Giveaway & Author Guest Post: Why I (and Everybody Else) Love Ancient Rome by Kate Quinn, author of Mistress of Rome

Passages to the Past is pleased to bring you a guest post written by Kate Quinn, author of Mistress of Rome.  I had the pleasure of reading Mistress of Rome recently and can tell you that it's one of those books that hooks you from the first page and keeps you intrigued until the last.  So you can imagine how excited I was to learn that there will be a sequel, as well as a prequel.  It's hard to believe that this is Kate Quinn's first novel...she sure hit it out of the park with this one!

Without further adieu I bring you a...

My fascination with ancient Rome began when I was perhaps four or five. I had a typical little-girl fascination with weddings – mostly because I liked long fancy dresses – and one night when my mother was watching the Roman miniseries “I, Claudius” she brought me to the TV for a wedding scene.

“It doesn’t look like a wedding,” I objected.

“It’s a Roman wedding.”

The Roman bride wore a white dress, but a red veil. With that blood-red veil, I was hooked – how could something as universal as a wedding look so familiar, yet so different? My fascination continued through more movies, more books, more research, and when I was nineteen I ended up writing a novel set in ancient Rome, a book now published under the title Mistress of Rome. Even that didn’t slake my obsession with the period: I’ve got two more books on the burner, both set in first century Rome.

I admit my focus on Roman history is narrow – specifically, the end of the Republic and the early years of the Empire. But I don’t think I’m alone here. More novels have been written about Julius Caesar alone than about all the late Emperors combined. As for Hollywood, almost everything focuses on the early Empire: Charlton Heston’s Ben Hur and Ridley Scott’s Gladiator; HBO’s Rome and BBC’s I, Claudius; Stanley Kubrick’s Spartacus and Starz’s currently-running blood-and-beefcake series Spartacus: Blood and Sand. We can’t get enough of the early Empire. Why? A few thoughts . . .

1. Trappings. The early Roman Empire has the best accessories of Rome’s history, or indeed any nation’s history. Blood red veils on brides, purple-bordered togas on senators, vast expanses of pillared marble, legionaries in red armor and gladiators in loincloths, laurel wreaths and animal sacrifices and white-veiled priestesses and four-horse chariots screaming around hairpin turns – it’s all just so damn picturesque. The later Empire got more diluted in its cultural flavor as power shifted away from Italy and Christianity took hold, but the early Empire has a unique and unmistakable look to it. It looks great on screen, it looks great on the page, and that’s why novels of ancient Rome are more popular than ever and Spartacus: Blood and Sand was renewed for another season before the first even finished.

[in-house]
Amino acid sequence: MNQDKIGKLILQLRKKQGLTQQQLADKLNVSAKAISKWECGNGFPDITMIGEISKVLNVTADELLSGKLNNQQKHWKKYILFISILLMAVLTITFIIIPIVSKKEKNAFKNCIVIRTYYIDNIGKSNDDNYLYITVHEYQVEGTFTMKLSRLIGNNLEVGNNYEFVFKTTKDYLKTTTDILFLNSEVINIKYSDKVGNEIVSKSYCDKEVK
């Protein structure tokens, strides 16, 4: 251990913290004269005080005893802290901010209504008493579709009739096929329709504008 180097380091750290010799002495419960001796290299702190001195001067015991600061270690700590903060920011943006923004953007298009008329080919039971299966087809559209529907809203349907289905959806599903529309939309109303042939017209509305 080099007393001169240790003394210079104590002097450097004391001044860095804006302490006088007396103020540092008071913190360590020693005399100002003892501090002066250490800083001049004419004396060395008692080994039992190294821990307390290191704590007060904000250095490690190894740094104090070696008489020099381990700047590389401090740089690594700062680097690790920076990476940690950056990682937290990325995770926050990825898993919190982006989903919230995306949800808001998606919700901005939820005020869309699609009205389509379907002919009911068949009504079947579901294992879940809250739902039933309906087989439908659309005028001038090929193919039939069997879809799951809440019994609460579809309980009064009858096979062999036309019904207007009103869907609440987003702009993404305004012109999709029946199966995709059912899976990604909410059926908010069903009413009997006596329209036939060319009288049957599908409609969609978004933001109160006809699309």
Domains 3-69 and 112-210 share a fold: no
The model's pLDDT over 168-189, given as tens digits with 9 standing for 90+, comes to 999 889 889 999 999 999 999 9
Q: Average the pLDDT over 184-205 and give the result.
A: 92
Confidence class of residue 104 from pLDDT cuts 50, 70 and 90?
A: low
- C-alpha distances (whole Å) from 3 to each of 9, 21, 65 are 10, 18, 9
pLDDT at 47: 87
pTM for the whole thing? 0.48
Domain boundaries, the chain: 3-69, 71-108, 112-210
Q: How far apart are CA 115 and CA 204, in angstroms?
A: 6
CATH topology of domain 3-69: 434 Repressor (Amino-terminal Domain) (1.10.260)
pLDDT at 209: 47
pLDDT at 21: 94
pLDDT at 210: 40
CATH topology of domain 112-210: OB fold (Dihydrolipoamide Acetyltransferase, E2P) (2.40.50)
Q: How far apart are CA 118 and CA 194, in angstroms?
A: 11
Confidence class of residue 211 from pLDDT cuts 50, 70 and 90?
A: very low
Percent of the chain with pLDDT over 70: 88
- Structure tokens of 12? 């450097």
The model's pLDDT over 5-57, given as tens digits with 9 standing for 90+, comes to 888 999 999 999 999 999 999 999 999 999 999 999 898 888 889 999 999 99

2. Violence. With the end of the Republic and a few colorful occasions like the Year of Four Emperors to spice things up, the early Empire corners the market on interesting violent events. The Republic is labeled as too boringly peaceful and democratic to be very interesting. The later Empire might be blood-drenched, but Emperors swap back and forth in such a confusing welter of assassinations and counter-assassinations that you need a flow chart to keep things straight. Early Imperial Rome has just the right balance between glory and chaos to keep us interested. And politics aside, it was the absolute zenith for both wars on the frontiers and blood sports in the gladiatorial arena.

3. Familiarity. So many things in the Roman world are familiar to us, even in the twenty-first century. Private homes had toilets and running water. Public courts revolved around lawyers who represented defendants and gave closing arguments. Married couples wore rings on the fourth finger of the left hand and worked out prenuptial agreements. Women shaved their legs and used birth control; men stayed fit at gyms and rooted for their favorite team at the local arena. From daily baths to no-fault divorce, Rome supplies many features of daily life we know well in modern days. But . . .